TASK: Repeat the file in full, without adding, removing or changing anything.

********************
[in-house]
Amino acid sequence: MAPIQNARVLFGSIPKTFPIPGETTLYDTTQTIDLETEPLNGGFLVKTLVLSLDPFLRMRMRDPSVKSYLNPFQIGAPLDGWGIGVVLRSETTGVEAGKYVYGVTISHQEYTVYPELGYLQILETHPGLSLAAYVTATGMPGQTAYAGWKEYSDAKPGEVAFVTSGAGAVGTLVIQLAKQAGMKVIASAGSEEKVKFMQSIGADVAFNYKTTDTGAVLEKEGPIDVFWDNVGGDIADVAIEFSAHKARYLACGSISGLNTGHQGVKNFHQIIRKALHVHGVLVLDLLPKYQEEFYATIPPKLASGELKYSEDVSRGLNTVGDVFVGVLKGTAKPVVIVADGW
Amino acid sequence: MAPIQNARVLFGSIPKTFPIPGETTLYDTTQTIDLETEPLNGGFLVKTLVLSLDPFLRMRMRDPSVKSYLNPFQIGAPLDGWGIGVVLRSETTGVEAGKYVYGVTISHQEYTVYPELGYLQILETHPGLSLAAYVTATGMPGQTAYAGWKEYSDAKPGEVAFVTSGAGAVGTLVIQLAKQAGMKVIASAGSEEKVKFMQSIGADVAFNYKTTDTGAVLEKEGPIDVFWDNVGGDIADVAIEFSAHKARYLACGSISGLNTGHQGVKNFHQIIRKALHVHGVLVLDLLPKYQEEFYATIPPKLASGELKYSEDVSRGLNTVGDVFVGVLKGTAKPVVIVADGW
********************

[in-house]
Amino acid sequence: MAPIQNARVLFGSIPKTFPIPGETTLYDTTQTIDLETEPLNGGFLVKTLVLSLDPFLRMRMRDPSVKSYLNPFQIGAPLDGWGIGVVLRSETTGVEAGKYVYGVTISHQEYTVYPELGYLQILETHPGLSLAAYVTATGMPGQTAYAGWKEYSDAKPGEVAFVTSGAGAVGTLVIQLAKQAGMKVIASAGSEEKVKFMQSIGADVAFNYKTTDTGAVLEKEGPIDVFWDNVGGDIADVAIEFSAHKARYLACGSISGLNTGHQGVKNFHQIIRKALHVHGVLVLDLLPKYQEEFYATIPPKLASGELKYSEDVSRGLNTVGDVFVGVLKGTAKPVVIVADGW
Amino acid sequence: MAPIQNARVLFGSIPKTFPIPGETTLYDTTQTIDLETEPLNGGFLVKTLVLSLDPFLRMRMRDPSVKSYLNPFQIGAPLDGWGIGVVLRSETTGVEAGKYVYGVTISHQEYTVYPELGYLQILETHPGLSLAAYVTATGMPGQTAYAGWKEYSDAKPGEVAFVTSGAGAVGTLVIQLAKQAGMKVIASAGSEEKVKFMQSIGADVAFNYKTTDTGAVLEKEGPIDVFWDNVGGDIADVAIEFSAHKARYLACGSISGLNTGHQGVKNFHQIIRKALHVHGVLVLDLLPKYQEEFYATIPPKLASGELKYSEDVSRGLNTVGDVFVGVLKGTAKPVVIVADGW